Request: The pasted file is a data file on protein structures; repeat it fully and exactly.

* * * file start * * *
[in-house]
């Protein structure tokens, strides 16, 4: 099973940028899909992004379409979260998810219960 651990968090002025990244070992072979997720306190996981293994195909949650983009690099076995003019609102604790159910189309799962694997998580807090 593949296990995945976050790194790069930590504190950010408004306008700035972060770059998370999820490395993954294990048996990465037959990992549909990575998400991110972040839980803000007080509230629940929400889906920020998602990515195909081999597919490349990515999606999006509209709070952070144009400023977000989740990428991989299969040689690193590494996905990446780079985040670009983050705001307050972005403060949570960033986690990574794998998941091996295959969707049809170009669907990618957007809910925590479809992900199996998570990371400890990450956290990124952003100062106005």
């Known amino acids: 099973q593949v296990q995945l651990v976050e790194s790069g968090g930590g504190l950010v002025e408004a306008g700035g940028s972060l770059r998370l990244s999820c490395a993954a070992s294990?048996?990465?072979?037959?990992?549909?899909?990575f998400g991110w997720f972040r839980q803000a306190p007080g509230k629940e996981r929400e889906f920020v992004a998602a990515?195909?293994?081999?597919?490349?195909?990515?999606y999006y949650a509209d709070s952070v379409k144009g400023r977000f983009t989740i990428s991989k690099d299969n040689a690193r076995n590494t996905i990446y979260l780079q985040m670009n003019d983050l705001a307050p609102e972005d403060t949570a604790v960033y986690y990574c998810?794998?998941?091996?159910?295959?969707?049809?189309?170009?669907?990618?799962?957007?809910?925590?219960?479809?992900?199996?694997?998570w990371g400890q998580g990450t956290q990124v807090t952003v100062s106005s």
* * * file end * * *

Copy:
[in-house]
């Protein structure tokens, strides 16, 4: 099973940028899909992004379409979260998810219960 651990968090002025990244070992072979997720306190996981293994195909949650983009690099076995003019609102604790159910189309799962694997998580807090 593949296990995945976050790194790069930590504190950010408004306008700035972060770059998370999820490395993954294990048996990465037959990992549909990575998400991110972040839980803000007080509230629940929400889906920020998602990515195909081999597919490349990515999606999006509209709070952070144009400023977000989740990428991989299969040689690193590494996905990446780079985040670009983050705001307050972005403060949570960033986690990574794998998941091996295959969707049809170009669907990618957007809910925590479809992900199996998570990371400890990450956290990124952003100062106005």
């Known amino acids: 099973q593949v296990q995945l651990v976050e790194s790069g968090g930590g504190l950010v002025e408004a306008g700035g940028s972060l770059r998370l990244s999820c490395a993954a070992s294990?048996?990465?072979?037959?990992?549909?899909?990575f998400g991110w997720f972040r839980q803000a306190p007080g509230k629940e996981r929400e889906f920020v992004a998602a990515?195909?293994?081999?597919?490349?195909?990515?999606y999006y949650a509209d709070s952070v379409k144009g400023r977000f983009t989740i990428s991989k690099d299969n040689a690193r076995n590494t996905i990446y979260l780079q985040m670009n003019d983050l705001a307050p609102e972005d403060t949570a604790v960033y986690y990574c998810?794998?998941?091996?159910?295959?969707?049809?189309?170009?669907?990618?799962?957007?809910?925590?219960?479809?992900?199996?694997?998570w990371g400890q998580g990450t956290q990124v807090t952003v100062s106005s």